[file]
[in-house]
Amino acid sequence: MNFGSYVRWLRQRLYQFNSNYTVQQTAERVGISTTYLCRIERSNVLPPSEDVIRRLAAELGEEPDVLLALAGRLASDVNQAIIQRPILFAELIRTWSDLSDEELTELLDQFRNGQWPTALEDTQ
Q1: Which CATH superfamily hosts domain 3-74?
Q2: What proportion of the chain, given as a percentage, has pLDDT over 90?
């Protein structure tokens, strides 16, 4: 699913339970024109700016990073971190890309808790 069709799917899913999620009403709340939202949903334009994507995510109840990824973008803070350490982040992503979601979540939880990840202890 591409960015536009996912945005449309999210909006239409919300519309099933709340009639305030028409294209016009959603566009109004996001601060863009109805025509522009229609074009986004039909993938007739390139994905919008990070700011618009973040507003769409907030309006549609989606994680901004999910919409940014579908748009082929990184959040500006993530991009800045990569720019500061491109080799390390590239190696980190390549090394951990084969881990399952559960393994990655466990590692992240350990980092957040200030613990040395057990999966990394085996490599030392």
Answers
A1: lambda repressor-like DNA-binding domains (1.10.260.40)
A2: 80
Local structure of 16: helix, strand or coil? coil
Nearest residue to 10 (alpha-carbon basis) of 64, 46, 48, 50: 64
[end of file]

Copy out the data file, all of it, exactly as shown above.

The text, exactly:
[in-house]
Amino acid sequence: MNFGSYVRWLRQRLYQFNSNYTVQQTAERVGISTTYLCRIERSNVLPPSEDVIRRLAAELGEEPDVLLALAGRLASDVNQAIIQRPILFAELIRTWSDLSDEELTELLDQFRNGQWPTALEDTQ
Q1: Which CATH superfamily hosts domain 3-74?
Q2: What proportion of the chain, given as a percentage, has pLDDT over 90?
């Protein structure tokens, strides 16, 4: 699913339970024109700016990073971190890309808790 069709799917899913999620009403709340939202949903334009994507995510109840990824973008803070350490982040992503979601979540939880990840202890 591409960015536009996912945005449309999210909006239409919300519309099933709340009639305030028409294209016009959603566009109004996001601060863009109805025509522009229609074009986004039909993938007739390139994905919008990070700011618009973040507003769409907030309006549609989606994680901004999910919409940014579908748009082929990184959040500006993530991009800045990569720019500061491109080799390390590239190696980190390549090394951990084969881990399952559960393994990655466990590692992240350990980092957040200030613990040395057990999966990394085996490599030392």
Answers
A1: lambda repressor-like DNA-binding domains (1.10.260.40)
A2: 80
Local structure of 16: helix, strand or coil? coil
Nearest residue to 10 (alpha-carbon basis) of 64, 46, 48, 50: 64